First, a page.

Then try logging in, but enter the password if and only if the key fingerprint matches what you got on the server console. If the key fingerprint matches, then go through with the login process and the key will be automatically added. If the key fingerprint does not match, stop immediately and it would be a good idea to get on the phone, a real phone not a computer phone, to the remote machine's system administrator or the network administrator.

Multiple Keys for a Host, Multiple Hosts for a Key in known_hosts[edit]

It is possible to assign multiple host names or ip addresses to the same key using pattern matching in known_hosts. That goes for both those global keys in /etc/ssh/ssh_known_hosts and those local user-specific key lists in ~/.ssh/known_hosts. These should provide you with an up-to-date set to add to the known hosts file. Otherwise, you must verify the keys by hand.

server1,server2,server3 ssh-rsa AAAAB097y0yiblo97gvl...jhvlhjgluibp7y807t08mmniKjug...==

You can use globbing to a limited extent in either /etc/ssh/ssh_known_hosts or ~/.ssh/known_hosts.

172.19.40.* ssh-rsa AAAAB097y0yiblo97gvl...jhvlhjgluibp7y807t08mmniKjug...==

However, to get the effect you want, multiple keys for the same address, make multiple entries in either /etc/ssh/ssh_known_hosts or ~/.ssh/known_hosts for each key.

server1 ssh-rsa AAAAB097y0yiblo97gvljh...vlhjgluibp7y807t08mmniKjug...==
server1 ssh-rsa AAAAB0liuouibl kuhlhlu...qerf1dcw16twc61c6cw1ryer4t...==
server1 ssh-rsa AAAAB568ijh68uhg63wedx...aq14rdfcvbhu865rfgbvcfrt65...==

To get a pool of servers to share a pool of keys, each server-key combination must be added manually to the known_hosts file.

server1 ssh-rsa AAAAB097y0yiblo97gvljh...07t8mmniKjug...==
server1 ssh-rsa AAAAB0liuouibl kuhlhlu...qerfw1ryer4t...==
server1 ssh-rsa AAAAB568ijh68uhg63wedx...aq14rvcfrt65...==

server2 ssh-rsa AAAAB097y0yiblo97gvljh...07t8mmniKjug...==
server2 ssh-rsa AAAAB0liuouibl kuhlhlu...qerfw1ryer4t...==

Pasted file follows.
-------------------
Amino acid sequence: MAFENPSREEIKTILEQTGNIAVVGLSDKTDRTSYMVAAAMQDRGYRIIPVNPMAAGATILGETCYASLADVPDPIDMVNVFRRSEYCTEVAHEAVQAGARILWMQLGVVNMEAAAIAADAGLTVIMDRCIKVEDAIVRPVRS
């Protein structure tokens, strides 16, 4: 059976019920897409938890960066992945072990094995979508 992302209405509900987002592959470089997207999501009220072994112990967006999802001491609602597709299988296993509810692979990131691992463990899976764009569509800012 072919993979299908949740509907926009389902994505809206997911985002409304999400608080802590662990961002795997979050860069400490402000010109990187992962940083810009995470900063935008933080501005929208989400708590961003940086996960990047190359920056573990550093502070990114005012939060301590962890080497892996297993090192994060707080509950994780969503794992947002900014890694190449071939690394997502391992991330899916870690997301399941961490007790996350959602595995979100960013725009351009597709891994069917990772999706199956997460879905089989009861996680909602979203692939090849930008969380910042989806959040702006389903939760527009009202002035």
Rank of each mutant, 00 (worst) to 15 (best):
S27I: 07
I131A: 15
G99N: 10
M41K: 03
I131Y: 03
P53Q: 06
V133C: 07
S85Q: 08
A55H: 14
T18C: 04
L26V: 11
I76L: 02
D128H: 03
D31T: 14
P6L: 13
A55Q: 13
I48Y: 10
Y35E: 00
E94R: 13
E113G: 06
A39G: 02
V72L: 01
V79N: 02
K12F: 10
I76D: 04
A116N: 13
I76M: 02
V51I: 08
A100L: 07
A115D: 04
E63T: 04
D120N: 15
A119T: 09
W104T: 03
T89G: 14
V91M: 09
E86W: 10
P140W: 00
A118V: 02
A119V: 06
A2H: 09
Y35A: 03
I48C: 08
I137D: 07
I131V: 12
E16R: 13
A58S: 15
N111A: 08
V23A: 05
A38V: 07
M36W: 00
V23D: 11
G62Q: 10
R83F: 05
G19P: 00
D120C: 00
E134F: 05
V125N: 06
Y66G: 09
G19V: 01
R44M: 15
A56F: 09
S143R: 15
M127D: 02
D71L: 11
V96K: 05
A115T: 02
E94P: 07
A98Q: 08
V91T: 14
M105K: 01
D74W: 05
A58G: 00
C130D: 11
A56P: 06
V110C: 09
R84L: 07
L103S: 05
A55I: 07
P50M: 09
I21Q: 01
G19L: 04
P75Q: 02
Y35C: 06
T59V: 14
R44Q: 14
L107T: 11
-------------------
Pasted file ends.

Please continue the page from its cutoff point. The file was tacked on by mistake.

server2 ssh-rsa AAAAB568ijh68uhg63wedx...aq14rvcfrt65...==

This will fetch the RSA key for server1 and put the it key in a file (e.g. z.key) and give a fingerprint for the key in that file:

$ ssh-keyscan -t rsa server1 
$ ssh-keyscan -t rsa server1 > z.key 
$ ssh-keygen -l -f z.key

Then the file's contents can be copied into known_hosts.

Another way of Dealing with Dynamic (roaming) IP Addresses[edit]

It is possible to manually point to the right key using HostKeyAlias either as part of ssh_config(5) or as a runtime parameter. Here the key for machine Foobar is used to connect to host

$ ssh -o StrictHostKeyChecking=accept-new \
      -o HostKeyAlias=foobar

This is useful when DHCP is not configured to try to keep the same addresses for the same machines over time or when using certain stdio forwarding methods to pass through intermediate hosts.

Hostkey Update and Rotation in known_hosts[edit]

A protocol extension to rotate weak public keys out of known_hosts has been in OpenSSH from version 6.8[4] and later. With it the server is able to inform the client of all its host keys and update known_hosts with new ones when at least one trusted key already known. This method still requires the private keys be available to the server [5] so that proofs can be completed. In ssh_config(5), the directive UpdateHostKeys specifies whether the client should accept updates of additional host keys from the server after authentication is completed and add them to known_hosts. A server can offer multiple keys of the same type for a period before removing the deprecated key from those offered, thus allowing an automated option for rotating keys as well as for upgrading from weaker algorithms to stronger ones.



  1. "The Secure Shell (SSH) Authentication Protocol". IETF. 2006. Retrieved 2015-05-06. 
  2. Steve Friedl (2006-02-22). "An Illustrated Guide to SSH Agent Forwarding". Retrieved 2013-04-27. 
  3. Daniel Robbins (2002-02-01). "Common threads: OpenSSH key management, Part 3". IBM. Retrieved 2013-04-27. 
  4. Damien Miller (2015-02-01). "Key rotation in OpenSSH 6.8+". DJM's Personal Weblog. Retrieved 2016-03-05. 
  5. Damien Miller (2015-02-17). "Hostkey rotation, redux". DJM's Personal Weblog. Retrieved 2016-03-05.